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Nnaemeka Reaction

smalina's picture

"But Western feminism is also caught up in its ambivalence: fighting for inclusion, it installs exclusions; advocating change, it resists change; laying claims to movement, it resists moving" (Nnaemeka 363).

This idea seems very related to globalization--the practice of creating global connection, and as a result, sameness, modeled after the West's example. Yet African and Middle Eastern feminisms existed long before globalization took effect. This really highlights for me the necessity of using a variety of frameworks by which to look at Persepolis and Americanah--and most importantly, that the frameworks belonging to their respective cultures be used as primary lenses for the texts. Which leads into my next thought:

"Arrogating to themselves the moral responsibility to intervene to rescue women victims from the 'weird regimes,' Western feminists have brought to the fore intense debates about the conception of good, social justice, and moral responsibility from which, unfortunately, the humanity of those to be rescued is relegated to the background" (371)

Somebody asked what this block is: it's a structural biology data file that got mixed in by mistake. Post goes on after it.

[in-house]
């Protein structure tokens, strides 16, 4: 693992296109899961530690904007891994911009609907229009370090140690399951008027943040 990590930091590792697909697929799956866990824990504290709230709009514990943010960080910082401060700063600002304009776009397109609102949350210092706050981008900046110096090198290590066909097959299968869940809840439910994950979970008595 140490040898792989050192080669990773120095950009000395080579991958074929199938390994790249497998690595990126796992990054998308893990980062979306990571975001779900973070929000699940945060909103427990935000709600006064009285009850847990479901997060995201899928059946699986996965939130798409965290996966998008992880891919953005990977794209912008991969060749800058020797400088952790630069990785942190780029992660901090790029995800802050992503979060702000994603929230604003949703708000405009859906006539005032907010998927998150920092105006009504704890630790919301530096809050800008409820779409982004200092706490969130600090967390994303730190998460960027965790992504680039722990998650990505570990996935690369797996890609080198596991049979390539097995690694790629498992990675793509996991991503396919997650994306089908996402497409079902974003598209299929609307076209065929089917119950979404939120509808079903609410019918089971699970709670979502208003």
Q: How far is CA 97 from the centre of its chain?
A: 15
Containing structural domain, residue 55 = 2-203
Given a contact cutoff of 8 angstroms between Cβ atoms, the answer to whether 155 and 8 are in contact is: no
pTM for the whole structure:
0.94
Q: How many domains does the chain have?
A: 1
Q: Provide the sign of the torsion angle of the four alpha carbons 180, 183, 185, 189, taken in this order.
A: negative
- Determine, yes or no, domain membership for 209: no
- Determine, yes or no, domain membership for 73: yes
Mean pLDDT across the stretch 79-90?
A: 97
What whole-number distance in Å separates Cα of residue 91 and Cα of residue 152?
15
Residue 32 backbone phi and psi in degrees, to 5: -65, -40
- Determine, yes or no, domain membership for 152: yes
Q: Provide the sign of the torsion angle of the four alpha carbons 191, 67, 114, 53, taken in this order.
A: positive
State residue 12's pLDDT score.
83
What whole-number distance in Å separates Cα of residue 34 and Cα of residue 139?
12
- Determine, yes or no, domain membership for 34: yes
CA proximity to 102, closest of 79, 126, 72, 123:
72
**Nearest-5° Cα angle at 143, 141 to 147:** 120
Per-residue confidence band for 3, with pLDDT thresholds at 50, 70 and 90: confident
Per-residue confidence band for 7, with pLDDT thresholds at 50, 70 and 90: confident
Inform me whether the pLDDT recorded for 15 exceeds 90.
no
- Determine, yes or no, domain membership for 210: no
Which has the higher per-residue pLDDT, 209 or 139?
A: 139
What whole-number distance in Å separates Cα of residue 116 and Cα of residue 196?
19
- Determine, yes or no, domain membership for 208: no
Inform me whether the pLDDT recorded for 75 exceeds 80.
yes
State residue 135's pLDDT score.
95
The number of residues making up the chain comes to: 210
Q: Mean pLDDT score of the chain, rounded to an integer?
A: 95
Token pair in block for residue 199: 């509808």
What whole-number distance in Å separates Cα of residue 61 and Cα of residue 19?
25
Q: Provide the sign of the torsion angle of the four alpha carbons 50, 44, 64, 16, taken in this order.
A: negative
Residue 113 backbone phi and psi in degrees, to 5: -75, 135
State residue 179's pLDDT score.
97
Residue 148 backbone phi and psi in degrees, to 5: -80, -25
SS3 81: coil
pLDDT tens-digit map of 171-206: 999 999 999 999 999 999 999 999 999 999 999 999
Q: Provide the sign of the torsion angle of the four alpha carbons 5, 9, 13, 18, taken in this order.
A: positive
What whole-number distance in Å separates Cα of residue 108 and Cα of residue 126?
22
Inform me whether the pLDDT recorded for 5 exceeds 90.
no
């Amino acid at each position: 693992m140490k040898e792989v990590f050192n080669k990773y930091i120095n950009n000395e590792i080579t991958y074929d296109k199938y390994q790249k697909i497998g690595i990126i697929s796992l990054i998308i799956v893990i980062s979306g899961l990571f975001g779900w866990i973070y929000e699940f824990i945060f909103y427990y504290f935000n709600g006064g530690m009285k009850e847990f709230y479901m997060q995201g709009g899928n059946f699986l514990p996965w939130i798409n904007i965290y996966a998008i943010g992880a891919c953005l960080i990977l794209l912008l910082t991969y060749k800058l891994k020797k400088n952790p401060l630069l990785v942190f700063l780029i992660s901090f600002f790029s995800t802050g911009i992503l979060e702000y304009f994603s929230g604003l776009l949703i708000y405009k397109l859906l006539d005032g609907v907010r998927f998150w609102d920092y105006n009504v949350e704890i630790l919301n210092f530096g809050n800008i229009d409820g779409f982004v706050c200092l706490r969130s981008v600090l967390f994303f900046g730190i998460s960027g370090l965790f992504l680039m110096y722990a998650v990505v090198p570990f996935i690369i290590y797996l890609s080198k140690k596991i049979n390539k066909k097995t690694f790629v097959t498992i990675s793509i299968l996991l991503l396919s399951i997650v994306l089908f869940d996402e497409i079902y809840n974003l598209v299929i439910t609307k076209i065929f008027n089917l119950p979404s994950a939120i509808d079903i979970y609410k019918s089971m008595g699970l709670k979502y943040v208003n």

"For women, the male is not 'the other' but part of the human same" (379-380). 

This notion that Western feminists have deemed themselves the saviors of all 3rd world women brings me back, again, to our discussion around the veil in Persepolis. Understanding that, in attempting to rescue, Westerners see only the issues that they themselves would presumably struggle the most with, I am questioning our focus on the veil. Yes, it is a very visible piece of a large, oppressive regime that treats women very differently from the way they are treated in the U.S., but isn't it so very Western to focus on the material, visible aspect of this oppression? Perhaps our efforts to rid the world of the veil would be better spent listening to Iranian women, to attempting to understand what aspects of their society they found most oppressing. Again, I'm brought back to the idea of the single story--even if Satrapi names it as a complaint high on her list, she cannot speak for the entire Iranian population, just as we cannot. 

This also makes me think about Americanah, and the assumption that Aunty Uju is failing to act as a feminist by becoming involved with The General. However, this is largely because we are looking at it through Western frameworks--we see a woman marrying a powerful man, instead of attempting to become powerful on her own. Yet, in America, we do not see men and women as part of the human same--a woman is, instead, liberated when she is freed from the need for a man. Aunty Uju could very well believe that she needs a man, not because she is less powerful as a woman, but because any woman needs a man and vice versa.